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April 2010: Michelle Limon


Name: Michelle Limon
Classification: Senior
Hometown: San Beniro, TX
Nominated by: Amy Beck: Academic Advisor, Supervisor, University College Advising Center

 1.  Why did you select BGS as your major? 

There were so many reasons to why I chose BGS as my major. I started my college career not knowing what I wanted to do. I had so many interests and couldn't decide on just one. Than I found BGS which allowed me to bring all  my interests together into one degree. BGS students are well rounded in three different fields of study, which gives them an advantage over students who's major concentrates on only one area, and thus results in more career options. 

 2.  What are your three minors?

Health Care Administration, Business Administration, and Sociology

 3.  How did you select your minors?

It took me a while to decide what minors I wanted; I didn't want to pick just any three. I knew I wanted to be in the health care field but I also have an interest in business management so I needed to select minors that would help me further my education and career.

 4.  How does this major fit with your career goals? 

I have decided to further my education by pursuing a Master's degree in Health Care Administration and with a BGS degree I feel that I am well prepared for it. In the future, I plan to work as an administrator in a Home Health or Nursing Home setting and eventually open my own home health care agency.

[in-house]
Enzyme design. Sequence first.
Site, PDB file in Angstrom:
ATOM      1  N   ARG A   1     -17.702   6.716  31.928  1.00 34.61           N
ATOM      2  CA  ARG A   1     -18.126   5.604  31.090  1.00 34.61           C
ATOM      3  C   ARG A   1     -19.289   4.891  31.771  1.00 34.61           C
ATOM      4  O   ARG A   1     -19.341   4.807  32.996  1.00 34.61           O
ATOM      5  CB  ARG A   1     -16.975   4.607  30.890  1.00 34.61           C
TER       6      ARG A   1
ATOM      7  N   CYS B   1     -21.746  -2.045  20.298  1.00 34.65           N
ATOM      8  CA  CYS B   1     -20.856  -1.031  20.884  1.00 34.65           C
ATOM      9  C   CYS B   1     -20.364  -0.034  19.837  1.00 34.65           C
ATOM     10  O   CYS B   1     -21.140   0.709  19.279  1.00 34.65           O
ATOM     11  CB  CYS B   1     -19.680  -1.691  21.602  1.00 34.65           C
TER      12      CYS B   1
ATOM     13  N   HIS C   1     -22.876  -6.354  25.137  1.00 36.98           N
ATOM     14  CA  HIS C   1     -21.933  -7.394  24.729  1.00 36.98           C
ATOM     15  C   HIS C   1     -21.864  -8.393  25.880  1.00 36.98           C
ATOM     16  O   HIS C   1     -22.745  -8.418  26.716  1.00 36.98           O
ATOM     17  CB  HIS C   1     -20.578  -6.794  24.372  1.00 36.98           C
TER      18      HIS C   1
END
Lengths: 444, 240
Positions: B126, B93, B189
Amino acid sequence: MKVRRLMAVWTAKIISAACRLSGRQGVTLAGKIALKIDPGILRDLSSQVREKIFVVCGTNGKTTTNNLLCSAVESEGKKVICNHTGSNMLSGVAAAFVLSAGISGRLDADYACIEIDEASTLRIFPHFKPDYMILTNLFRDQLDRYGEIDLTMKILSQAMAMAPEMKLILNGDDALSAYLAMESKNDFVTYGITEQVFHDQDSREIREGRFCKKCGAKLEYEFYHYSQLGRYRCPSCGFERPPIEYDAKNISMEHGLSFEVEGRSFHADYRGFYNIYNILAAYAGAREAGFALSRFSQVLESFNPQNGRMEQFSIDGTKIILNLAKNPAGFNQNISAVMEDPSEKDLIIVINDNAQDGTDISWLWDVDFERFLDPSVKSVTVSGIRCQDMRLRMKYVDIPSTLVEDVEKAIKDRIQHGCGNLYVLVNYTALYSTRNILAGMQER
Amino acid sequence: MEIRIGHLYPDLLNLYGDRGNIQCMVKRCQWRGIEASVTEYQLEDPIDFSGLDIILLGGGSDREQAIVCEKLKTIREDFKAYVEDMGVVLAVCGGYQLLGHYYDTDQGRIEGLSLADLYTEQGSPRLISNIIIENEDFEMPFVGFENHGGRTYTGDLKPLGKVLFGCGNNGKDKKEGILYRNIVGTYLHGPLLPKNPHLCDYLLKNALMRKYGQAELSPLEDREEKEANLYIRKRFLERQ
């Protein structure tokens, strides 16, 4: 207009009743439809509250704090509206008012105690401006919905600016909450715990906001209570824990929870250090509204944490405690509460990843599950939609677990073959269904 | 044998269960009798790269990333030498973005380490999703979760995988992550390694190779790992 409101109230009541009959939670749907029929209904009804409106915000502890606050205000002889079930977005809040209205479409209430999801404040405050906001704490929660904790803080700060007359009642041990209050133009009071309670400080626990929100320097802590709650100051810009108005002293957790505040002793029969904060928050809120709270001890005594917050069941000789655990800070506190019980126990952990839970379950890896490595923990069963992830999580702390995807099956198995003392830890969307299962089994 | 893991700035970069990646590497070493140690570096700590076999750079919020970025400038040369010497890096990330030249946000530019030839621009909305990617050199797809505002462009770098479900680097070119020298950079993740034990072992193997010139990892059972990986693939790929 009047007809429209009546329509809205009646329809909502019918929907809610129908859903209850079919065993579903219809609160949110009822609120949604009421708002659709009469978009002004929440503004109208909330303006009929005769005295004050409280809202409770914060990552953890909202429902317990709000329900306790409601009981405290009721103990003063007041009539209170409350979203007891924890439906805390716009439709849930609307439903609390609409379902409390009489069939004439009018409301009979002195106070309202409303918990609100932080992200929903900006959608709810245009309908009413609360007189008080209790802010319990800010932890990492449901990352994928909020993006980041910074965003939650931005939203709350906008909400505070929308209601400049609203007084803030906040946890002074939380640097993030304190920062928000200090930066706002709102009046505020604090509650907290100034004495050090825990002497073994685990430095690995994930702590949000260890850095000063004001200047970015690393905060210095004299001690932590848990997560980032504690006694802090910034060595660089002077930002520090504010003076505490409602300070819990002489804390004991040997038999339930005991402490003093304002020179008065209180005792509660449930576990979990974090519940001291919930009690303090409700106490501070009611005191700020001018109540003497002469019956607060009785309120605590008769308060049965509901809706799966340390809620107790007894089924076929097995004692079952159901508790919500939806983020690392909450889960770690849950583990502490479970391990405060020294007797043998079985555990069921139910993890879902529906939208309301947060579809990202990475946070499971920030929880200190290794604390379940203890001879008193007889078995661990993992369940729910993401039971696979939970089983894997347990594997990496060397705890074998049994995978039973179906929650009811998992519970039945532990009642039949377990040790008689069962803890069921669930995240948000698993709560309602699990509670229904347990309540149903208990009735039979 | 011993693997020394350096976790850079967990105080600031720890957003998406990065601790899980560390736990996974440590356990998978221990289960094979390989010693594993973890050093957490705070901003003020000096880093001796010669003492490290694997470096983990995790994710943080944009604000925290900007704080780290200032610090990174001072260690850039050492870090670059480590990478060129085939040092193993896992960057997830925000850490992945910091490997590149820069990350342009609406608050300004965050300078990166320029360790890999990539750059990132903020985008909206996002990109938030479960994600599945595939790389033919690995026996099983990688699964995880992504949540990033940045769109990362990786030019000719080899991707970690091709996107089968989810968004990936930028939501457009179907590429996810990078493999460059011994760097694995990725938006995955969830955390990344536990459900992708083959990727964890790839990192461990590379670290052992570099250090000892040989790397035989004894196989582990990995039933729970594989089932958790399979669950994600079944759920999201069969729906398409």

5.  What advice do you have for students considering majoring in BGS?

Choosing BGS as my major was probably the best academic decision I made. I truly love this major, I wish I knew about it when I was a freshman so I wouldn't have wasted so much time in random classes! I talk about this major to everyone. BGS offers so many possibilities and opportunities. You have the freedom to choose what you want to study, but it's not an easy major and you will have to work hard to succeed. It is well worth it.

The BGS Minor of the Month: Sociology

A minor in Sociology consists of a minimum of 18 semester hours, including SOCI 1310. Twelve of the remaining 15 SOCI hours must be completed at the advanced (3000-4000) level. 

An example of courses that may be taken for this minor include:

SOCI 1310 - Introduction to Sociology: A survey of the basic concepts in sociology including social organization, culture, socialization, groups, and human population leading to the development of a sociological perspective of human behavior. SOCI 1310 and SOCI 3300 may not both be counted for credit.

SOCI 3343 - Criminology: The various theories of crime, the cause of crime, areas of crime, treatment of criminals through the courts, punishment, reform, education, probation, and parole, and means of crime prevention.

SOCI 3350 - Men, Women, and Societies:
This course examines the relations between male and female roles throughout the world, including the United States, Europe, and third world countries. Special attention is given to changes in these roles and the consequences of such changes for societies, including familial, marital, and sexual relationships.